Some pages contain sections that are collapsed by default. Collapsed sections contain advanced or supplemental information that is not required to complete standard tasks. To expand a collapsed section using a keyboard or screen reader, select the appropiate Expand or Show link.
When a list contains more items than the page currently displays, a Load More link appears at the bottom of the list as the final list item. Clicking this link appends more items to the list.
Some links open secondary pop-up windows for completing page-specific tasks. These links should indicate that they open in a new window through a title attribute. Use the Down Arrow and Tab keys to read the contents of the pop-up. The last options should be buttons to cancel or complete the task. Occasionally, these buttons are in a separate frame.
Important: Some secondary pages use modal dialogs instead of separate windows to display information. If you primarily navigate the web using a screen reader we recommend that you select Show secondary windows as pop-ups in the Account Settings tool.
Most pages that contain lists of items or users have a Search For field near the top of the page. To perform a search, enter a word or partial word in the Search For field and select the Search button or press the Enter key.
Use the Show Search Options link to select advanced search options.
Use the Clear Search link to clear the Search For field.
VU Collaborate uses WAI-ARIA markup in a number or areas to help support navigation by keyboard and assistive technologies. For example, WAI-ARIA markup is used for tabs, context menus, error and confirmation messages, and for page navigation landmarks.
The minibar includes a personal menu with links to tools that store your personal information and settings. To open the personal menu, select the link that is your name. The following links are available:
- Profile: Edit your shared personal information.
- Notifications: Set how you receive notifications about activity in your courses.
- Account Settings: Change display settings for VU Collaborate.
For more in-depth information on customising VU Collaborate to suit your accessibility needs, please refer to the following article here.
The VU Collaborate Learning Suite includes a number of features aimed at improving the usability of the system for assistive technology users. The following list outlines some of the design decisions that benefit screen reader users:
- Standard page designs. Similar functionality is located in the same place and accessed in the same way across tools.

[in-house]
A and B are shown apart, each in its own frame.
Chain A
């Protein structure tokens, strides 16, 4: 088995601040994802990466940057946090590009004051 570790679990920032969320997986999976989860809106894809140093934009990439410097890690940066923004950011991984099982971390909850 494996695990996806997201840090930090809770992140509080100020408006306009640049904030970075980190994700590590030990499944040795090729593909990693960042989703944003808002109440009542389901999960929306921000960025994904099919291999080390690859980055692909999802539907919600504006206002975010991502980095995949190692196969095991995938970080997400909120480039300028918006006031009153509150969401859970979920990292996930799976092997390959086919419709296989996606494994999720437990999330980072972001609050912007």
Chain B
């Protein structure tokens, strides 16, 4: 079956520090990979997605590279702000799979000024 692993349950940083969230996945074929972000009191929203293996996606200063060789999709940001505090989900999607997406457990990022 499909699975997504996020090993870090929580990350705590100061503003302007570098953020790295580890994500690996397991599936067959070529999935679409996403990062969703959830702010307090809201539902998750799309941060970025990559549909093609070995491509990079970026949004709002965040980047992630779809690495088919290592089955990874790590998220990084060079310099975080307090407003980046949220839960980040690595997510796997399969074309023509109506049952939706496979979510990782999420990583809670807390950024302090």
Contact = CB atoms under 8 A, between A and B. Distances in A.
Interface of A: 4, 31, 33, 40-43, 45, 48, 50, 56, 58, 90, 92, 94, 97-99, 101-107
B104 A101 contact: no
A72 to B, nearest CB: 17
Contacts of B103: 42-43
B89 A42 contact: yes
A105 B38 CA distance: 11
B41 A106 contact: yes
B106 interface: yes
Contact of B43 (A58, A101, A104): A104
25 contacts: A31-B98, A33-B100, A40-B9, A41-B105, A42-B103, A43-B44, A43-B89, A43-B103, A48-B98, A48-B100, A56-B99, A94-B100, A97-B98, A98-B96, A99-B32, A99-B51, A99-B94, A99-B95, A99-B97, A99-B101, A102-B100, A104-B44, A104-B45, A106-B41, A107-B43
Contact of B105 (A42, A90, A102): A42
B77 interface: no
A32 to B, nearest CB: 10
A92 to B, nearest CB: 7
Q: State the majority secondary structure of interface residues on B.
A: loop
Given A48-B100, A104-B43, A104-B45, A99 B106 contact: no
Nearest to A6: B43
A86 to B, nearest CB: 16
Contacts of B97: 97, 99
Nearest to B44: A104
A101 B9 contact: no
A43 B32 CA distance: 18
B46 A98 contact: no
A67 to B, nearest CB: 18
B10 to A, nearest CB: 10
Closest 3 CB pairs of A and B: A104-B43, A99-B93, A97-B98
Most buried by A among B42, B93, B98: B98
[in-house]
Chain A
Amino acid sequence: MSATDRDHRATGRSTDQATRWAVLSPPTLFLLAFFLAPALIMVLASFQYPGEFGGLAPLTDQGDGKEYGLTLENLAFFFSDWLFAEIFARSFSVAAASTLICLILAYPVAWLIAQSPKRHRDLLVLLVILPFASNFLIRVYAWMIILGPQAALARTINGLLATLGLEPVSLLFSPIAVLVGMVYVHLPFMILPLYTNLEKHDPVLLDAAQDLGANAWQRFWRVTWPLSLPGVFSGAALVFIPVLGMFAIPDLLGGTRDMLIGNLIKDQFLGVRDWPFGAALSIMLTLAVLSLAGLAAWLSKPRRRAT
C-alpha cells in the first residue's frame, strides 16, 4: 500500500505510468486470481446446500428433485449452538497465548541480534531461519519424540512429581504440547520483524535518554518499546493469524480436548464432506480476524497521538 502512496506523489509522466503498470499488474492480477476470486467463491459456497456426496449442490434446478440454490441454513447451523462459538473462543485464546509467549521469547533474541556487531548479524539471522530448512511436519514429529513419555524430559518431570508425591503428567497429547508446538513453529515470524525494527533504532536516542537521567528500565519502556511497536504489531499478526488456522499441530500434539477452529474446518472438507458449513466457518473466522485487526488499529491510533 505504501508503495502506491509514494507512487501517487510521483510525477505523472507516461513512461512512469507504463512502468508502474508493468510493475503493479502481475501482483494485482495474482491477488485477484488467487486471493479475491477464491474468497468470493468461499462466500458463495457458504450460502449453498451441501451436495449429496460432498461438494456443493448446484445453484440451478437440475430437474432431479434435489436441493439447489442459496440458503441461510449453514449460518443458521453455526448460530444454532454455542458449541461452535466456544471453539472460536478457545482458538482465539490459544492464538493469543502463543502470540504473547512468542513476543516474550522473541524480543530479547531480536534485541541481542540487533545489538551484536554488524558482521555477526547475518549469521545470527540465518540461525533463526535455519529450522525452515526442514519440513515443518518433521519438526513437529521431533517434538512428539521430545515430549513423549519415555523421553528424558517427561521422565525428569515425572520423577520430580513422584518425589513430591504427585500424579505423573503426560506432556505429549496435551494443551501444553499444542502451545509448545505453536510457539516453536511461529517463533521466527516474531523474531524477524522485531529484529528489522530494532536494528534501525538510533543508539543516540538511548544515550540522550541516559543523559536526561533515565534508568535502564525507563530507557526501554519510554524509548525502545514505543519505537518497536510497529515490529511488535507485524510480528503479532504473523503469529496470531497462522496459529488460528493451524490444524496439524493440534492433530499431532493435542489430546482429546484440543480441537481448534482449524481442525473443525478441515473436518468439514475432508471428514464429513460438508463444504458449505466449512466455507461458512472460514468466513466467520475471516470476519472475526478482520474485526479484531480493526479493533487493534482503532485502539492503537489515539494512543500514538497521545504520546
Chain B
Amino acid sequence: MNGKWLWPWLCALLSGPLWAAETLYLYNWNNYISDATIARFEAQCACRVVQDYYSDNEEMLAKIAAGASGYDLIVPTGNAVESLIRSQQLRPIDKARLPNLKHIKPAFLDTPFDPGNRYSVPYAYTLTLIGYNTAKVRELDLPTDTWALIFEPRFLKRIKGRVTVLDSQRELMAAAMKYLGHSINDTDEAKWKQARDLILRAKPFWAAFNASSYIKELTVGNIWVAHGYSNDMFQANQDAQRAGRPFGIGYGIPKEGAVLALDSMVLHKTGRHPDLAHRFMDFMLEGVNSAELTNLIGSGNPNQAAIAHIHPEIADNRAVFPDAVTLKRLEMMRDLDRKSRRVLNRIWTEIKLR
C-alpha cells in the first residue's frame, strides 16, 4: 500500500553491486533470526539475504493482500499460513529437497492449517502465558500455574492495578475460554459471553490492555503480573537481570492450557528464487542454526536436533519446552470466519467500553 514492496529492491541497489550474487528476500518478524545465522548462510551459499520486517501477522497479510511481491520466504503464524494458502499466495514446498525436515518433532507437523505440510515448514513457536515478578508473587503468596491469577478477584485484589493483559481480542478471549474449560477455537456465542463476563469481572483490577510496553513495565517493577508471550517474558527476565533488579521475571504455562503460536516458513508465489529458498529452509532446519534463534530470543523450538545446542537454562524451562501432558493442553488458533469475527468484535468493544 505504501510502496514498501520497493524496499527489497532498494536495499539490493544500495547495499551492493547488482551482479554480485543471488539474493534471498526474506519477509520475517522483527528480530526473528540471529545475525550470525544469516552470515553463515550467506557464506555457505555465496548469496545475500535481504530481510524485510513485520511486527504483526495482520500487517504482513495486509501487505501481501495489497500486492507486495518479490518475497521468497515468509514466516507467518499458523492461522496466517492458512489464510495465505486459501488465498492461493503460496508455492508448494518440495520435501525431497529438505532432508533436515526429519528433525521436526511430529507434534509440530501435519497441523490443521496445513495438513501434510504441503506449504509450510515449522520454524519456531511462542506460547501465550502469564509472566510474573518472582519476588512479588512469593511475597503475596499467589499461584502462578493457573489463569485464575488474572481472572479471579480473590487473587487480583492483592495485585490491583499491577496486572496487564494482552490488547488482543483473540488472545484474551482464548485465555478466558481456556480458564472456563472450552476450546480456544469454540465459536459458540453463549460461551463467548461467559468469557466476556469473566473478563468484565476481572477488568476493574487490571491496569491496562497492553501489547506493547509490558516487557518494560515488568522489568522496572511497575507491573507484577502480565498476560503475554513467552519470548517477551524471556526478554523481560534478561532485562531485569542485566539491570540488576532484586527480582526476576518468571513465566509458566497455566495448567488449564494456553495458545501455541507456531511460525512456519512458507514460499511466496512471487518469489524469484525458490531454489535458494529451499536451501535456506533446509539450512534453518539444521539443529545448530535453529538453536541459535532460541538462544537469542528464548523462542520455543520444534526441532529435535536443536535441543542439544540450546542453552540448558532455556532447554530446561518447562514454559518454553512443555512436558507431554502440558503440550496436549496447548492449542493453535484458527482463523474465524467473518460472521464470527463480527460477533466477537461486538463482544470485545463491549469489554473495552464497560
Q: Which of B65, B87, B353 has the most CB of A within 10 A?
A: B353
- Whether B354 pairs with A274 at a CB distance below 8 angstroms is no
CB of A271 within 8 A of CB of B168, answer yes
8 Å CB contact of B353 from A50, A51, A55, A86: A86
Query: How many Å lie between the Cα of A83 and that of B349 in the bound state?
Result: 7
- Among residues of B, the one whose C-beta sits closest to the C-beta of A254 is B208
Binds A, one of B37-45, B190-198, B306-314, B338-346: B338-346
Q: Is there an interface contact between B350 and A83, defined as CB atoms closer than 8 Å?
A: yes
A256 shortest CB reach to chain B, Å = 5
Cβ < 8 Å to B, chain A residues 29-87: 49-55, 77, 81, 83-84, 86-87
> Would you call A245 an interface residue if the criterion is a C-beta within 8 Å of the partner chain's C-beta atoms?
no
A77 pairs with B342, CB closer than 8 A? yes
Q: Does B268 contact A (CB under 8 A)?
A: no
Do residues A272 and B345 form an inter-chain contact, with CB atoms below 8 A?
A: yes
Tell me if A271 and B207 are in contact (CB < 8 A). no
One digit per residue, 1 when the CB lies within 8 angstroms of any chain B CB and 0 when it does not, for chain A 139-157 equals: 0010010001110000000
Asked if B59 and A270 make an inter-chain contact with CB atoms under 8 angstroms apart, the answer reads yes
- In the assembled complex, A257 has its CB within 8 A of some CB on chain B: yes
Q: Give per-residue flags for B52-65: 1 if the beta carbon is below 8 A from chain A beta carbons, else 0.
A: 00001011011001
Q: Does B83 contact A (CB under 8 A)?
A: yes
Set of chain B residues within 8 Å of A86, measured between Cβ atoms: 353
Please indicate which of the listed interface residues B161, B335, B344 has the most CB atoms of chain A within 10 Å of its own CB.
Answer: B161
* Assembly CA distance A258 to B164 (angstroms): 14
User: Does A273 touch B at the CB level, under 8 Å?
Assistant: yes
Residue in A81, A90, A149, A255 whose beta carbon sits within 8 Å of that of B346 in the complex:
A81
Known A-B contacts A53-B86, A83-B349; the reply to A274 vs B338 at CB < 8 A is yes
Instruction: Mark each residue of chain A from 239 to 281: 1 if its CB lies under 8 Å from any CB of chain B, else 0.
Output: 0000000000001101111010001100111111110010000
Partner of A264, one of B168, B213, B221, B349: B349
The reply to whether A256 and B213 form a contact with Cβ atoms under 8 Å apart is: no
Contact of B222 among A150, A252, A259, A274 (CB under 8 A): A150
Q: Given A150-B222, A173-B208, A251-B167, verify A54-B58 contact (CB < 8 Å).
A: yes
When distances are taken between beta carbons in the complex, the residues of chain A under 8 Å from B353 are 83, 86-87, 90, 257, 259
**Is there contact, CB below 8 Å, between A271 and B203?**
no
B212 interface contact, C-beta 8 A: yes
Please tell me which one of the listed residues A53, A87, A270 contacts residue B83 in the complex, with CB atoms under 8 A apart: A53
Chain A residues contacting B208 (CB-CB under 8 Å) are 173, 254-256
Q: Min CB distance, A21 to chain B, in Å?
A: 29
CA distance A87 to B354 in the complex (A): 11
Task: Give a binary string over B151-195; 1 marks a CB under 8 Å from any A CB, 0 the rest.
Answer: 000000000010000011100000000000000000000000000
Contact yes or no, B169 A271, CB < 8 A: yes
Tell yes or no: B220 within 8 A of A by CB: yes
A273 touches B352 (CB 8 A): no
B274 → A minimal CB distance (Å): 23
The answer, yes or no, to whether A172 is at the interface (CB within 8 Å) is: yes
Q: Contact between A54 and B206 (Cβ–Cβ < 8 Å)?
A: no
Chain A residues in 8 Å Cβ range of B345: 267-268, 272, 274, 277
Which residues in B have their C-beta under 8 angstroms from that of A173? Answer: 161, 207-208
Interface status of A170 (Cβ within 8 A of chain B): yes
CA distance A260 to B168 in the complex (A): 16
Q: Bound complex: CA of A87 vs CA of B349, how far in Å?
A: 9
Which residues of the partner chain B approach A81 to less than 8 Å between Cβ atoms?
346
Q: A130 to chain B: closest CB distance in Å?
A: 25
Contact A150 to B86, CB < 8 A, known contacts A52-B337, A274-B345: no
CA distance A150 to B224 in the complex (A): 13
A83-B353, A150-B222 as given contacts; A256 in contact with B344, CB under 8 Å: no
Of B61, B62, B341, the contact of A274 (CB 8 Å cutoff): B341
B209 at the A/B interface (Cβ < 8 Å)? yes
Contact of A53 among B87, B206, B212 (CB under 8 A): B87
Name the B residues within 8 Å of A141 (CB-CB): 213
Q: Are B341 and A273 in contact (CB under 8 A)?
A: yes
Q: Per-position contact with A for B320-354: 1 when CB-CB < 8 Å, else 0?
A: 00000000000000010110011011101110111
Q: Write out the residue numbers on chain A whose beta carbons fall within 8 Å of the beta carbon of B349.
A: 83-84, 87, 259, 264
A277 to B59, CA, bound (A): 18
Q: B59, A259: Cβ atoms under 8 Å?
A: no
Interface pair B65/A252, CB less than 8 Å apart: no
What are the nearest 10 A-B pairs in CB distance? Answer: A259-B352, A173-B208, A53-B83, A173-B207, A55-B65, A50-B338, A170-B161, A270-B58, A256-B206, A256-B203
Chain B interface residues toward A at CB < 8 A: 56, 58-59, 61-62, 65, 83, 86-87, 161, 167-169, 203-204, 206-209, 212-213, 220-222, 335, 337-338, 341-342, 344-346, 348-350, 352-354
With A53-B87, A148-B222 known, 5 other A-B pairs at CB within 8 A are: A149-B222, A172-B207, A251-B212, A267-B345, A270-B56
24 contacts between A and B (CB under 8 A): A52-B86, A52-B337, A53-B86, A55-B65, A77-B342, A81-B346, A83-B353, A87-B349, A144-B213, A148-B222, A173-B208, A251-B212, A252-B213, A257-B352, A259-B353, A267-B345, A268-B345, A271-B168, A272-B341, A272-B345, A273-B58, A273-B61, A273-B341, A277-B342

- Simple heading structure. Heading 1s are used for page titles. Heading 2s are used for widgets and major page sections. Heading 3s are used to organise information within widgets and for subsections.
- Unique, contextual link and button names.
- Title attributes on links that open in a new window. We recommend that you adjust your assistive technologies settings to read the title attribute when different from link text if you want to be warned when a link opens in a new window.
- Descriptive alternative text on all system images and graphics. VU Collaborate also prompts course designers to include alternative text when uploading images.
- Table row and column markup and table summaries.
- Toggle icons (such as show/hide) indicate the state of the control.
- Skip navigation links and ARIA landmarks so you can skip sections of a page.
- Account Settings for simplifying the layout of many tools. Additional settings specifically related to accessibility, including the ability to change system fonts and font size, change modal dialogs to windows, and turn off the HTML Editor (WYSIWYG).
- Full keyboard accessibility. The tab order is logical and tab focus visually indicated. Drag-and-drop and other dynamic features have keyboard alternatives.
- WAI-ARIA markup is used for tabs, context menus, and error and confirmation messages to help improve navigation.
- Support for browser and assistive technology scaling and contrast options. System content uses styles that can be overwritten by cascading style sheets (CSS), although the complexity of the system requires detailed style sheets.
If you are having difficulty using VU Collaborate to complete your course work, consider seeking help from your instructor, the help documentation for the assistive techologies that you use or an Accessibility Liaison Officer at VU. VU campuses have support staff to assist students with disabilities on campus.
- Assistive Technology: There is a wealth of assistive technology products available to help people use computers and the internet. A few examples include: special keyboards and mice, speech recognition software, screen magnifiers, screen readers, and Braille displays. Investing the time to find the hardware and software that is right for you, and then learning how to use it effectively, is worthwhile. Take advantage of help documentation and tutorials to learn commands, shortcuts, frequent tasks, and special tips.
For more information, there is an extensive disability and accessibility support page on the VU website - here.